Rethinking HIIT: Why It’s Probably Not the Best Fit for Your Fitness Goals

Posted by Beni Cook

In the bustling community of Collingwood, where health and fitness are highly valued, it’s no surprise that High-Intensity Interval Training (HIIT) has gained popularity as a go-to workout option. However, while HIIT undoubtedly has its benefits, it may not be the most suitable training option for everyone, especially when it comes to achieving long-term fitness goals. In this blog post, we’ll explore why HIIT might not be the best fit for you and provide alternative solutions to help you achieve your desired results.


Understanding the HIIT Hype

Before we delve into the reasons why HIIT might not be ideal for everyone, let’s first understand why it has become so popular:

  • Efficiency: HIIT workouts are known for their time efficiency, allowing individuals to achieve a high-calorie burn with cardiovascular benefits in a short amount of time. However, there are much better ways to improve cardiovascular health.
  • Metabolic Boost: HIIT has been touted for its ability to boost metabolism and promote fat loss both during and after exercise, making it appealing for weight management goals. The truth is, that the amount of calories burned after a workout is insignificant.
  • Variety: HIIT workouts can be tailored to suit various fitness levels and preferences, with endless variations and combinations of exercises. I can’t speak for every HIIT class in the world, but I doubt there is much “tailoring” involved with the classes.



The Downside of HIIT

While HIIT may offer undeniable benefits, it’s important to recognise its limitations and potential drawbacks:

  1. Compliance and Sustainability:
    HIIT workouts can be physically demanding and mentally taxing, leading to lower compliance rates and burnout over time, especially for beginners or individuals with busy lifestyles.
  2. Increased Stress Levels:
    HIIT places significant stress on the body, both physically and psychologically, which can exacerbate existing stress levels and potentially lead to overtraining syndrome or injury.
  3. Risk of Injury:
    The high intensity and repetitive nature of HIIT exercises increase the risk of injury, particularly for individuals with joint issues, muscular imbalances, or poor movement mechanics.
  4. Mismatched Goals:
    HIIT may not align with everyone’s health and fitness goals, especially if the primary focus is on improving strength, endurance, or overall well-being rather than maximising calorie burn.
  5. Inadequate Recovery:
    HIIT workouts require adequate recovery time to allow the body to repair and adapt, which may be compromised if individuals are participating in frequent high-intensity sessions without sufficient rest.



Alternative Training Strategies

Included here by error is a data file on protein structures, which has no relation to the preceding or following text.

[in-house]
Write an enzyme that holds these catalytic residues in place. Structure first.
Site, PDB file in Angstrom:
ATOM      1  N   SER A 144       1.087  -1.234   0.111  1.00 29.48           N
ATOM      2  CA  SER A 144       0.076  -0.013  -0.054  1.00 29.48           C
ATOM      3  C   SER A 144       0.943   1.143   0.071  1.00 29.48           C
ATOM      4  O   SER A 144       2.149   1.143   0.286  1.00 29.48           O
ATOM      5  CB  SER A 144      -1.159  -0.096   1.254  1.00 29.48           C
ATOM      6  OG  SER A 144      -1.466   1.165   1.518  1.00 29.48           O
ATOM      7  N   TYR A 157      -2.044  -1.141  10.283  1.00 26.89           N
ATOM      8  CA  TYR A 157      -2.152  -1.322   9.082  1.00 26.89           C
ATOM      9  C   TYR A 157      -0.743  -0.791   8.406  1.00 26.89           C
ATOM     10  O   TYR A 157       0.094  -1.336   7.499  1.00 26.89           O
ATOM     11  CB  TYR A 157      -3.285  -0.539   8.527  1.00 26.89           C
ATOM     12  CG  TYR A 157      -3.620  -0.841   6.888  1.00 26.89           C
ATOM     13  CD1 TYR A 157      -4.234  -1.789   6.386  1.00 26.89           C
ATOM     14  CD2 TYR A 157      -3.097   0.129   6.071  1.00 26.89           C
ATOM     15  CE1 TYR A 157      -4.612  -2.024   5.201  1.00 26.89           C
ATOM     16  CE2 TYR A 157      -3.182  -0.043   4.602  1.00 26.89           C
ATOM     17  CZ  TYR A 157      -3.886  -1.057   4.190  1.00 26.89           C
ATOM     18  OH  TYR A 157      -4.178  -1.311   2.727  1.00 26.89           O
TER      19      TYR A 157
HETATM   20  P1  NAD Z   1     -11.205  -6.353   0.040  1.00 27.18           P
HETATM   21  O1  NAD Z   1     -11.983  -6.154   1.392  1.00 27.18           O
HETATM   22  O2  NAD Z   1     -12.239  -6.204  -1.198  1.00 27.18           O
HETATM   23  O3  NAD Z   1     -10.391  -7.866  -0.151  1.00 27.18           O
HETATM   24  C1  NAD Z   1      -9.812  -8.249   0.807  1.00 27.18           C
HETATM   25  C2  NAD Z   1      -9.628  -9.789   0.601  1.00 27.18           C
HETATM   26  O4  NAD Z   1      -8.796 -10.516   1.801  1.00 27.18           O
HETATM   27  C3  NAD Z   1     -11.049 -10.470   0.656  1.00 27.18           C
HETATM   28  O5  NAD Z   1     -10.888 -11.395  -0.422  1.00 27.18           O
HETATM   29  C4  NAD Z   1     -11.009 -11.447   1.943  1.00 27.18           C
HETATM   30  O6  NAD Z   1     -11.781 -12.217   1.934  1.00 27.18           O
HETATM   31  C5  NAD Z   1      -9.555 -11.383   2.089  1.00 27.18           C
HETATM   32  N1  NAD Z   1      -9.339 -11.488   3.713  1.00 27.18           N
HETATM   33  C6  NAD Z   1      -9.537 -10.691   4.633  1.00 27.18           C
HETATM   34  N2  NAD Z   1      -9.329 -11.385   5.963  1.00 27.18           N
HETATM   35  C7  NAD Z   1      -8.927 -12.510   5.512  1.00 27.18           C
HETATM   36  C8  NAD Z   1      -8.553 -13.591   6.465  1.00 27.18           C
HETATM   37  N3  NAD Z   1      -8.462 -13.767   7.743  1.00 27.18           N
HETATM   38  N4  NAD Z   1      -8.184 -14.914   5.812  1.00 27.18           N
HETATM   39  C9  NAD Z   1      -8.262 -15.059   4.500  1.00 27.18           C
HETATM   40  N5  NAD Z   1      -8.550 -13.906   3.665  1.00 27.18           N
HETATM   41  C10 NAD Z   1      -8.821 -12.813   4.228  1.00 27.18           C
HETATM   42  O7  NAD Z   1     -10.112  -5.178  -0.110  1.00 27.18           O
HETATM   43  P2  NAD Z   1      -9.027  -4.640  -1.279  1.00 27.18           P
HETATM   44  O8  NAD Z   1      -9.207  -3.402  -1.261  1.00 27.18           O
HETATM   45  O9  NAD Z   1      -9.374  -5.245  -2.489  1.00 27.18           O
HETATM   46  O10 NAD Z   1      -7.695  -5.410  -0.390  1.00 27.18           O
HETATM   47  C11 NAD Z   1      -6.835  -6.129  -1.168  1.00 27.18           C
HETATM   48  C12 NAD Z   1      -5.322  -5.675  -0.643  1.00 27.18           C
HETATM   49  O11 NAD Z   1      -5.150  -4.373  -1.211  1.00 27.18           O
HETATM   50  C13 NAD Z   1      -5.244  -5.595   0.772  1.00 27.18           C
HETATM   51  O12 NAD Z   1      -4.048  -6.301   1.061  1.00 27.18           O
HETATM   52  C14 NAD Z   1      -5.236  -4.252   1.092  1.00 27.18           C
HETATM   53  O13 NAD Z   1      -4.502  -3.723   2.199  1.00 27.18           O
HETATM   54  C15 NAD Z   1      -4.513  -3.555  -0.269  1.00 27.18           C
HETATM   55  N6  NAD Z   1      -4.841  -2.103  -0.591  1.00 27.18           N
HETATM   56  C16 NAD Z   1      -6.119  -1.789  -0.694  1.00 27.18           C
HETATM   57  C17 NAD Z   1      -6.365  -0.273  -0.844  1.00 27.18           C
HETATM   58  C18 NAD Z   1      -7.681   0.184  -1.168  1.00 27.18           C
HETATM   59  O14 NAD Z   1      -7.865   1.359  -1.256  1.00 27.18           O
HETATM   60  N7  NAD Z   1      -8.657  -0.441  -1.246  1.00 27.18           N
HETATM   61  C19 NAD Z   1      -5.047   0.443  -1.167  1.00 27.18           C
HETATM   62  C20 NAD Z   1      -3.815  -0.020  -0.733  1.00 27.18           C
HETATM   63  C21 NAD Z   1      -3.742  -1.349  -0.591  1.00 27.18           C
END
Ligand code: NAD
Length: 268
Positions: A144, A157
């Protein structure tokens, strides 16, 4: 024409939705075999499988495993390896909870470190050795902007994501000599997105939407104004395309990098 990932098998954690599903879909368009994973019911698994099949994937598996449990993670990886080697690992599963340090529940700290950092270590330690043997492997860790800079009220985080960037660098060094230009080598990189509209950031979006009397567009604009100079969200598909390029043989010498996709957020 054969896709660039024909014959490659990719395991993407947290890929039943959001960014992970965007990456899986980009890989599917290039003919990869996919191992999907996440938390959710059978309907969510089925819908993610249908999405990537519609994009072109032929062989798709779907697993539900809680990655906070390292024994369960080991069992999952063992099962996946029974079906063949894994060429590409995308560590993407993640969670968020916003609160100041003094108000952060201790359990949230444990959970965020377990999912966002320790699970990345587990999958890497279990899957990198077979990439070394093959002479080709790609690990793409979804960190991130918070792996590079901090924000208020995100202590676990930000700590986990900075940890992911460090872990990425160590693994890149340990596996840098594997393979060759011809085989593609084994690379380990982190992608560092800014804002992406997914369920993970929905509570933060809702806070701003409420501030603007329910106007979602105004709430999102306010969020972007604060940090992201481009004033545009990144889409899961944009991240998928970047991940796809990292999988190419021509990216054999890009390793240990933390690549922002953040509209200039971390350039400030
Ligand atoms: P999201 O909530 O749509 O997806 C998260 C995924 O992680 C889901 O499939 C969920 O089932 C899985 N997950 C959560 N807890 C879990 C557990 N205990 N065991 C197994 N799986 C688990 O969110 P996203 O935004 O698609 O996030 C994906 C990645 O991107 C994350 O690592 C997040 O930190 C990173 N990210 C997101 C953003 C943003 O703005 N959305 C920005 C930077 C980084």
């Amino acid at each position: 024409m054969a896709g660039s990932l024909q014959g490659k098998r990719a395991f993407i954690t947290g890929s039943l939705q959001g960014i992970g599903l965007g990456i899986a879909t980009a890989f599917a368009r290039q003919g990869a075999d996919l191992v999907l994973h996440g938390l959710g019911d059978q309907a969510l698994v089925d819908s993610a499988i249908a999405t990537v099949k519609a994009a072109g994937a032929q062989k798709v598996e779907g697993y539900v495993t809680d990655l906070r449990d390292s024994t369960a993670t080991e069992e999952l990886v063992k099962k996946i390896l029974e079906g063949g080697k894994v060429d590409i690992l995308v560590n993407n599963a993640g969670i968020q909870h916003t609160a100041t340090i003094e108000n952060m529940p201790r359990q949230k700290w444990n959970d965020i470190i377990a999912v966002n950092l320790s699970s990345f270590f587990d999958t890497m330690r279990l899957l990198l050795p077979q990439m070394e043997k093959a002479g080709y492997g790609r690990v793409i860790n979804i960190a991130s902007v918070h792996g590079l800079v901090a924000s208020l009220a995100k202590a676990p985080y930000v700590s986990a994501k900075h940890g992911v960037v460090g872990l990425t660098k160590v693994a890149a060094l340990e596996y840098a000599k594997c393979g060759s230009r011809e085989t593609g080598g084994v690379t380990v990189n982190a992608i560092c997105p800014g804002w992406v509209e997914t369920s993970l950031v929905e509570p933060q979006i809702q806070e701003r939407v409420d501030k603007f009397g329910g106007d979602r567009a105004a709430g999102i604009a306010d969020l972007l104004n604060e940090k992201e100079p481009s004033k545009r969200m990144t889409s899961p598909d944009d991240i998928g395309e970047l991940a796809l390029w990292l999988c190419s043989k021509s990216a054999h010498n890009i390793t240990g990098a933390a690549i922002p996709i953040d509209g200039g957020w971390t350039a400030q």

Instead of solely relying on HIIT, consider incorporating the following strategies into your fitness routine to achieve balanced and sustainable results:

  1. Strength Training:
    Prioritise resistance training to build muscle, improve metabolic health, and enhance overall strength and endurance.
  2. Endurance Training:
    Incorporate low to moderate-intensity cardio activities such as incline walking, cycling, or jogging to improve cardiovascular health and endurance without overstressing the body.
  3. Mindful Movement:
    Explore mindful movement practices such as yoga or Muay Thai to improve flexibility, balance, and mental well-being.
  4. Periodisation:
    Implement a periodised training approach that alternates between phases of high-intensity, moderate-intensity, and low-intensity workouts to optimise performance and prevent burnout.
  5. Recovery Strategies:
    Prioritise recovery with adequate rest, sleep, nutrition, and stress management techniques to support overall health and fitness goals.

In conclusion, while HIIT has its time and place in the fitness world, it may not be the best fit for everyone, especially for many of the individuals we see in the Collingwood community who prioritise long-term health and well-being over short-term intense workouts. By considering factors such as compliance, stress levels, injury risk, goal alignment, and recovery needs, you can make informed decisions about your training approach and achieve sustainable results that support your overall health and fitness journey.

Helpful Tip: Listen to your body, honour your individual needs, and choose a training approach that aligns with your goals, preferences, and lifestyle. Remember, fitness is not a one-size-fits-all solution, and finding what works best for you is key to long-term success.

For more fantastic health and fitness inspired articles please visit Beyond Best Personal Training’s BLOG.
Talk to us today about how we can structure a program to suit your goals and needs. Phone 0438 589 842 to speak with us today.

Beni Cook

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